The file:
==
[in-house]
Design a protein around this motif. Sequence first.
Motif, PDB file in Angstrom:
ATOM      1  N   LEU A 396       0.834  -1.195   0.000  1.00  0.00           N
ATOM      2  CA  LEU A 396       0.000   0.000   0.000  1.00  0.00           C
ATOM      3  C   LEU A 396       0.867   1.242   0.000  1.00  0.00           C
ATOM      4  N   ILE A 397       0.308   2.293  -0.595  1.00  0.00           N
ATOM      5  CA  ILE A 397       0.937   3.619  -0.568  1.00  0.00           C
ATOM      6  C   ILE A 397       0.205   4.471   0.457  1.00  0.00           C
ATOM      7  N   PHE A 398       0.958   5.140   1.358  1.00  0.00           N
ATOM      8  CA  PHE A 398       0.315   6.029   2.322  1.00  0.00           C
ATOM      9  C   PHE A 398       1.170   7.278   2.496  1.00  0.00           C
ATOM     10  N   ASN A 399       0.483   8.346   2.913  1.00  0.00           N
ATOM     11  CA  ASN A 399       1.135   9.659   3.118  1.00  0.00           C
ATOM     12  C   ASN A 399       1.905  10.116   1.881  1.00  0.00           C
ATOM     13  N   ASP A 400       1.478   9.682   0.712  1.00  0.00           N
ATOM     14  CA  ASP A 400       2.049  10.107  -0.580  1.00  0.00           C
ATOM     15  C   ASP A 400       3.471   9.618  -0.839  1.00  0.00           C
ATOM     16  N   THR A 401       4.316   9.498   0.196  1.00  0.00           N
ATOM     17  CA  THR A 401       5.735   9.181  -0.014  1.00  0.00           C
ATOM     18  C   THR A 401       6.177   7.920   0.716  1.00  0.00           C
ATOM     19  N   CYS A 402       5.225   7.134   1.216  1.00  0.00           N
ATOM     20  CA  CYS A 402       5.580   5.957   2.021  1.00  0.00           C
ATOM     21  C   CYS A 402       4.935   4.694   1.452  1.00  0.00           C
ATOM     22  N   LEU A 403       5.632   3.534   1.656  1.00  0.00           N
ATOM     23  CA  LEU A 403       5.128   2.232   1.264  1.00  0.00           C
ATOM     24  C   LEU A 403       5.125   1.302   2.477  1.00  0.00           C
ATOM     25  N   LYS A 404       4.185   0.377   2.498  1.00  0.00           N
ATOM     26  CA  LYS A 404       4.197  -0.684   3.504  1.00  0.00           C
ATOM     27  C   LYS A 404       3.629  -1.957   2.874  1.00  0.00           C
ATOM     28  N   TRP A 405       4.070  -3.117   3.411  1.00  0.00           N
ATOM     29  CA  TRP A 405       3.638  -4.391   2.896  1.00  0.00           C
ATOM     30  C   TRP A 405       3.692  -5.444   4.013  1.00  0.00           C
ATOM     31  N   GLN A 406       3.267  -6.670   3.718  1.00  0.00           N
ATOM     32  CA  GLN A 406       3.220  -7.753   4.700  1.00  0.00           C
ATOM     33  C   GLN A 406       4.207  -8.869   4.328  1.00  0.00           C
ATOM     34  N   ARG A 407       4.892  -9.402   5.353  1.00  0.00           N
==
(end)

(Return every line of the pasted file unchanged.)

[in-house]
Design a protein around this motif. Sequence first.
Motif, PDB file in Angstrom:
ATOM      1  N   LEU A 396       0.834  -1.195   0.000  1.00  0.00           N
ATOM      2  CA  LEU A 396       0.000   0.000   0.000  1.00  0.00           C
ATOM      3  C   LEU A 396       0.867   1.242   0.000  1.00  0.00           C
ATOM      4  N   ILE A 397       0.308   2.293  -0.595  1.00  0.00           N
ATOM      5  CA  ILE A 397       0.937   3.619  -0.568  1.00  0.00           C
ATOM      6  C   ILE A 397       0.205   4.471   0.457  1.00  0.00           C
ATOM      7  N   PHE A 398       0.958   5.140   1.358  1.00  0.00           N
ATOM      8  CA  PHE A 398       0.315   6.029   2.322  1.00  0.00           C
ATOM      9  C   PHE A 398       1.170   7.278   2.496  1.00  0.00           C
ATOM     10  N   ASN A 399       0.483   8.346   2.913  1.00  0.00           N
ATOM     11  CA  ASN A 399       1.135   9.659   3.118  1.00  0.00           C
ATOM     12  C   ASN A 399       1.905  10.116   1.881  1.00  0.00           C
ATOM     13  N   ASP A 400       1.478   9.682   0.712  1.00  0.00           N
ATOM     14  CA  ASP A 400       2.049  10.107  -0.580  1.00  0.00           C
ATOM     15  C   ASP A 400       3.471   9.618  -0.839  1.00  0.00           C
ATOM     16  N   THR A 401       4.316   9.498   0.196  1.00  0.00           N
ATOM     17  CA  THR A 401       5.735   9.181  -0.014  1.00  0.00           C
ATOM     18  C   THR A 401       6.177   7.920   0.716  1.00  0.00           C
ATOM     19  N   CYS A 402       5.225   7.134   1.216  1.00  0.00           N
ATOM     20  CA  CYS A 402       5.580   5.957   2.021  1.00  0.00           C
ATOM     21  C   CYS A 402       4.935   4.694   1.452  1.00  0.00           C
ATOM     22  N   LEU A 403       5.632   3.534   1.656  1.00  0.00           N
ATOM     23  CA  LEU A 403       5.128   2.232   1.264  1.00  0.00           C
ATOM     24  C   LEU A 403       5.125   1.302   2.477  1.00  0.00           C
ATOM     25  N   LYS A 404       4.185   0.377   2.498  1.00  0.00           N
ATOM     26  CA  LYS A 404       4.197  -0.684   3.504  1.00  0.00           C
ATOM     27  C   LYS A 404       3.629  -1.957   2.874  1.00  0.00           C
ATOM     28  N   TRP A 405       4.070  -3.117   3.411  1.00  0.00           N
ATOM     29  CA  TRP A 405       3.638  -4.391   2.896  1.00  0.00           C
ATOM     30  C   TRP A 405       3.692  -5.444   4.013  1.00  0.00           C
ATOM     31  N   GLN A 406       3.267  -6.670   3.718  1.00  0.00           N
ATOM     32  CA  GLN A 406       3.220  -7.753   4.700  1.00  0.00           C
ATOM     33  C   GLN A 406       4.207  -8.869   4.328  1.00  0.00           C
ATOM     34  N   ARG A 407       4.892  -9.402   5.353  1.00  0.00           N